#GE2019 Profile: If there’s *any* negative unionist reaction to the DUP it could be in East Londonderry

11 Dec

This more or less the northern chunk of the old Londonderry County Council and a little sliver of northeast Antrim. Biggest town, Coleraine. The religious split is much closer than it used to be with Protestants in a majority, but only just at 53%. Catholics are 42%, and others 4.4%. The Unionist battle is pretty uneven, with the DUP’s Gregory Campbell easily outstripping his UUP rival in 2017 by 48.1% to 7.6%. He faces the same candidate, Richard Holmes again … Read more

#GE2019 Profile: Major interest in Mid Ulster will be looking for any trends

11 Dec

Next, we skip over (and through) to Mid Ulster. As Gerry Lynch said in 2007, it “clusters around the exact geographical centre of Northern Ireland”, even though to most of us easterners thing it feels very west, most days Magherafelt is just an easy hour’s drive up the M2 from the centre of Belfast. The religious balance here stands at 67% Catholic to 31% Protestant, so there’s no question the seat goes any other way than nationalist. Sinn Féin’s Vice … Read more

#GE2019 Profile: Chris Hazzard should prove resilient in one of Sinn Féin’s closer races

11 Dec

Polling day is almost here, so I’m afraid, I’m going to have to wrap the last three remaining constituencies in slightly shorter order than previously. First of these is the one seat that the SDLP lost last time out, South Down. Notable mostly because few think it will change hands. It’s  a wide sprawling constituency that runs from the Windy Gap at the very top of Lagan valley down through Crossgar and Ballynahinch, through the old county town of Downpatrick … Read more

#GE2019 Profile: Without a decent UUP presence in East Belfast, it’s the DUP’s for the taking

10 Dec

East Belfast (75%) vies for the title of most Protestant constituency usually with my own home place of North Down (74%) and Strangford (73%), although none of them compete with the most Catholic constituency, West Belfast which now stands at 80%. The shipyard is long gone, but according to Gerry Lynch’s profile in 2007, East Belfast remains home to a prosperous skilled working-class population. It’s most deprived areas lie in the inner east, where the Catholic Short Strand and the … Read more

#GE2019 Profiles: Hard work, and “don’t split the vote” will see Carla Lockhart home in Upper Bann

9 Dec

In old money, this is north Co Armagh up to the edges of Lough Neagh above Portadown and Lurgan and the eastern parts of Co Down and almost into what you might think of as the south of that historic county even reaching as far as the religiously mixed town of Loughbrickland. Its major towns are all relatively prosperous. However, both Portadown and Lurgan (either end of “Craigavon”) are affected by strong delineations of Catholic North and Protestant south which … Read more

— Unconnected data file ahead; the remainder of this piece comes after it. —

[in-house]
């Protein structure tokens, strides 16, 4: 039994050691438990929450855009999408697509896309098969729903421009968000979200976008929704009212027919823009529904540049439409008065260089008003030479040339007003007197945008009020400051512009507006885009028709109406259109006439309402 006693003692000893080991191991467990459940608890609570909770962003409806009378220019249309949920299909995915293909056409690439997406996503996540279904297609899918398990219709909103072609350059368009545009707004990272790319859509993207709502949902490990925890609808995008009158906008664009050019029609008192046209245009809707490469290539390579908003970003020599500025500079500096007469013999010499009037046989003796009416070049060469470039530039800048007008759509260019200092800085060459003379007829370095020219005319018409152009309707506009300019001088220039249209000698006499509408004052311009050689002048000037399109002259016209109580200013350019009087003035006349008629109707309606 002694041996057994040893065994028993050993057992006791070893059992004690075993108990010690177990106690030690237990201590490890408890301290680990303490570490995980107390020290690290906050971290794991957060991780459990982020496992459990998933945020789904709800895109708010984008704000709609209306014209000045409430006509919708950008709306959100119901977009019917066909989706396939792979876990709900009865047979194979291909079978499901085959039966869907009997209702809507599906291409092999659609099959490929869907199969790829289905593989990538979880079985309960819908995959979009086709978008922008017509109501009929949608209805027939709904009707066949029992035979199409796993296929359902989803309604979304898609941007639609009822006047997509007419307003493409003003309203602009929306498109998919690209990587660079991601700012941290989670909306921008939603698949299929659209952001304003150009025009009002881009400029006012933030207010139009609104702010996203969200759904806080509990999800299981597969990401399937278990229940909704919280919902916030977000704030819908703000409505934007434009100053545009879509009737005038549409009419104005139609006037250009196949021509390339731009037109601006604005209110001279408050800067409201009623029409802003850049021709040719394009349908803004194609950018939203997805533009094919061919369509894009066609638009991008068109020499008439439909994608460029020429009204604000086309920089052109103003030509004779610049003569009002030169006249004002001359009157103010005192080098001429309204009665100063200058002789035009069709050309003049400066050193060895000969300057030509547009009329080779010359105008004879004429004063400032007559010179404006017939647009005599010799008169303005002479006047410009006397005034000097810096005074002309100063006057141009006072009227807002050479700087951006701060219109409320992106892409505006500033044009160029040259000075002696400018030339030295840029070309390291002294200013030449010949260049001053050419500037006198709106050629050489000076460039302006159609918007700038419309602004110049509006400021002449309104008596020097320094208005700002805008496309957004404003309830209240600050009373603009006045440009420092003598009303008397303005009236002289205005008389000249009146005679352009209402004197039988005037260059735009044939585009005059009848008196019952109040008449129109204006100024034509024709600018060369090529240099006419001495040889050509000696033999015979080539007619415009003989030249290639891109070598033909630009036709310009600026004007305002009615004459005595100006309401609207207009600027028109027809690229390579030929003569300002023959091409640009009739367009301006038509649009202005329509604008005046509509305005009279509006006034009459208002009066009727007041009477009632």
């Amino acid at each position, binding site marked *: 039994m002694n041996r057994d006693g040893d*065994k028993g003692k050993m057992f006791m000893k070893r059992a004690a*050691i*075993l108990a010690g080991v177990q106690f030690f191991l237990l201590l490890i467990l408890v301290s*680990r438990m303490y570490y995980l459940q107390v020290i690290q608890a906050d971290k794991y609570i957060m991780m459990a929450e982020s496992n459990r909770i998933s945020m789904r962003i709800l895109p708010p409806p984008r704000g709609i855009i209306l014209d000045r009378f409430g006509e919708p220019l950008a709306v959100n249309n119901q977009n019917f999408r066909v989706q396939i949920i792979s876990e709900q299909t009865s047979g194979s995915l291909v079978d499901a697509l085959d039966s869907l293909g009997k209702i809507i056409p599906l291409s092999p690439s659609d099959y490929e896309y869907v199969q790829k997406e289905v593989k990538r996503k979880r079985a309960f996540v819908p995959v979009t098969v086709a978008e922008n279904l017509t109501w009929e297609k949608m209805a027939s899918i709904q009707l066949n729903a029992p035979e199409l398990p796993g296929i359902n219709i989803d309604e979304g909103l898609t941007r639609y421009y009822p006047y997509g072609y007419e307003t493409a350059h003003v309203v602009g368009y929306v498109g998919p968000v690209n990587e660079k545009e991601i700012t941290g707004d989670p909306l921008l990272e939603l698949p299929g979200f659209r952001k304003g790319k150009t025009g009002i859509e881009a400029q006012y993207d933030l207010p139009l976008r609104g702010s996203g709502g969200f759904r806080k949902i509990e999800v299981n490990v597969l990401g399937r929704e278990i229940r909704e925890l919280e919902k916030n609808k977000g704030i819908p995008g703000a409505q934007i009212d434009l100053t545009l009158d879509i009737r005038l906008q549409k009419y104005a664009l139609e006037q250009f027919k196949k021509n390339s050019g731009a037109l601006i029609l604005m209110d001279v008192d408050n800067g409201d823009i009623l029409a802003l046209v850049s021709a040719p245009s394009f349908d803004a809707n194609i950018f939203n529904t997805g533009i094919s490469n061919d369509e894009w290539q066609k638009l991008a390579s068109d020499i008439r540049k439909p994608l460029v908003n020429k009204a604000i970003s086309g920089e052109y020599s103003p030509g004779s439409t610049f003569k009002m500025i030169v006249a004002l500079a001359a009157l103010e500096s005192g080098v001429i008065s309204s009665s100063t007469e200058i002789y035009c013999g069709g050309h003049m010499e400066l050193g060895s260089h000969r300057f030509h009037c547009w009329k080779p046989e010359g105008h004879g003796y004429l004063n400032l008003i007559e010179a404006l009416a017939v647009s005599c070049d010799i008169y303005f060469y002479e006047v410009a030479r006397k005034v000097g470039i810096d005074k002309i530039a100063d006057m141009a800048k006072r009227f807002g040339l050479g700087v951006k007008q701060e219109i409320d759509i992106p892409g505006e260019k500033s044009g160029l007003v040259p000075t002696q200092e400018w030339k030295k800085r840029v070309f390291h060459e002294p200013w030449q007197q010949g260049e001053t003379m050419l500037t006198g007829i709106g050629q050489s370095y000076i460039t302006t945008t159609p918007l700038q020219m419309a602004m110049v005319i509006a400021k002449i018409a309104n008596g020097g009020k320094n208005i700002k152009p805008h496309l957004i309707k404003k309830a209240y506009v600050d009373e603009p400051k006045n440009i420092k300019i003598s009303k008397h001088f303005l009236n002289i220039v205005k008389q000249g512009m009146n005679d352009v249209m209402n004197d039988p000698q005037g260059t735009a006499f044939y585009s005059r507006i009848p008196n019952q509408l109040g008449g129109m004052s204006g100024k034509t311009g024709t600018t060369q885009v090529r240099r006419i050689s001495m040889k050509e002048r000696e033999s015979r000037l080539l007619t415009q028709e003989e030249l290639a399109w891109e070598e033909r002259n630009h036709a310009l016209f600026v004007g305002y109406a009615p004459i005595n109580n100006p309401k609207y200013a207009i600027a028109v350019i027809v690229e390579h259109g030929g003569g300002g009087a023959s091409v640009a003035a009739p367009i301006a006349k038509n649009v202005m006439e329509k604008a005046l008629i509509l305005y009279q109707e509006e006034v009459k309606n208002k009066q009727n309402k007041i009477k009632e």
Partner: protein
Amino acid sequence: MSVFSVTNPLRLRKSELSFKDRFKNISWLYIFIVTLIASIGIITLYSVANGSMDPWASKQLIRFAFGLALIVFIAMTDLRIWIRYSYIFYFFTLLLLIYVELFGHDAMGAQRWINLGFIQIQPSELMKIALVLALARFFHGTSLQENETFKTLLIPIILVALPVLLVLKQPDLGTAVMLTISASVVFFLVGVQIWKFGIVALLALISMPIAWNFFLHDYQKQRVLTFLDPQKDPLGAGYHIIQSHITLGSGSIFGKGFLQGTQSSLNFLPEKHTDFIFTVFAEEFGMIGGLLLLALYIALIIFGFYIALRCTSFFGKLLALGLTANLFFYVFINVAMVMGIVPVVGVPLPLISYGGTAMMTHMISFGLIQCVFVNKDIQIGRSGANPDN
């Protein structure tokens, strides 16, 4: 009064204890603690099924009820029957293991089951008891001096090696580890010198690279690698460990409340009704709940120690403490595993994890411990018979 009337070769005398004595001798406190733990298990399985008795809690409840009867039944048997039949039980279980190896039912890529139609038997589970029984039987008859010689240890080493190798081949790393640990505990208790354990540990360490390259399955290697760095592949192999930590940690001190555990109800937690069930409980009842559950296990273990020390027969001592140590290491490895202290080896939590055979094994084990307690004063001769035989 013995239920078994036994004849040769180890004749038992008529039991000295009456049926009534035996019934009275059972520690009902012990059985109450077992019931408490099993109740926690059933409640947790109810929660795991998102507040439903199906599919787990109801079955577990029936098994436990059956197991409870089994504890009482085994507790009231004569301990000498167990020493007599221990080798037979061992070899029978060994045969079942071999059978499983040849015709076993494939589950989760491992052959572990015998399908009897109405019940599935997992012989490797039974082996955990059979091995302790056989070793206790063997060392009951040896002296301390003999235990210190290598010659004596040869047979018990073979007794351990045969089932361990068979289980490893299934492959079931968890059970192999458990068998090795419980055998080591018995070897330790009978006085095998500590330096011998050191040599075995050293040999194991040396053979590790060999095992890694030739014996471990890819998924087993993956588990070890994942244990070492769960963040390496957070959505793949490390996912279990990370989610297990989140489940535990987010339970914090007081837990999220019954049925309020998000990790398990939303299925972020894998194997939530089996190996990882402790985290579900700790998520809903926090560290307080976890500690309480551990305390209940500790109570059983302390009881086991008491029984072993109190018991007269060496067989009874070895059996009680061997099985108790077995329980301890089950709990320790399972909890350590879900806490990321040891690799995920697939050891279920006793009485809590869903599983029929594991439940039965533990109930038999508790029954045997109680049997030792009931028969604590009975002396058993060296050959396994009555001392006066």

#GE2019 Profile: Aiken seeks UUP progress rather than a win in East Antrim

9 Dec

The most coastal of all Northern Irish constituencies, which contains hardly any inland aspect. East Antrim takes in most of the southern and eastern fringe of am Antrim coast running from Newtonabbey on the edge of North Belfast to the Glens just a few miles short of Torr Head. Its huge coastal reach was extended in 2010 after three wards from the old Moyle Council replaced Cloughfern in Newtonabbey making the whole constituency slightly more Catholic than before. The split … Read more

#GE2019 Profile: South Antrim is liberals (and maybe some nats) v the DUP…

6 Dec

South Antrim comprises a lot of disparate places from its north-west where it runs alongside Lough Neagh from Toomebridge to Antrim town and Crumlin, then over to Ballyclare, Doagh and down into the urbanised fringes of Belfast and parts of Newtonabbey like Glengormley. Although it comprises a lot of countryside as Gerry Lynch noted in 2007, “almost half of the electorate live in what, by most people’s definitions, would count as Belfast”. Most of the rest live or derive income … Read more

GE2019 Profile: Lagan Valley provides more interest at the bottom of the race than the top

4 Dec

Lagan Valley straddles the eponymous river that marks the boundary between two of the old county authorities of Antrim to the north and Down to the south. At its centre is the large town (although officially speaking it’s now the small city) of Lisburn. Billowing out north and south is a large rural hinterland stretching to the small hill farms around the river’s source in the Dromara Hills on the edge of South Down, west to the fringe of Banbridge … Read more

#GE2019 Profile: Strangford belongs to Gentleman Jim Shannon…

3 Dec

Strangford draws its name from the sea lough that bisects it between the Ards Peninsula and ‘mainland’ County Down. It is predominantly Protestant with a few enclaves of Catholic areas most notably the southern end of the Ards peninsula where most of the county’s Hurling players come from. It’s a relatively prosperous constituency where the farming land is relatively rich (Comber early potatoes have had protected geographical indication (PGI) since 2012), and most of the towns are, as Gerry Lynch … Read more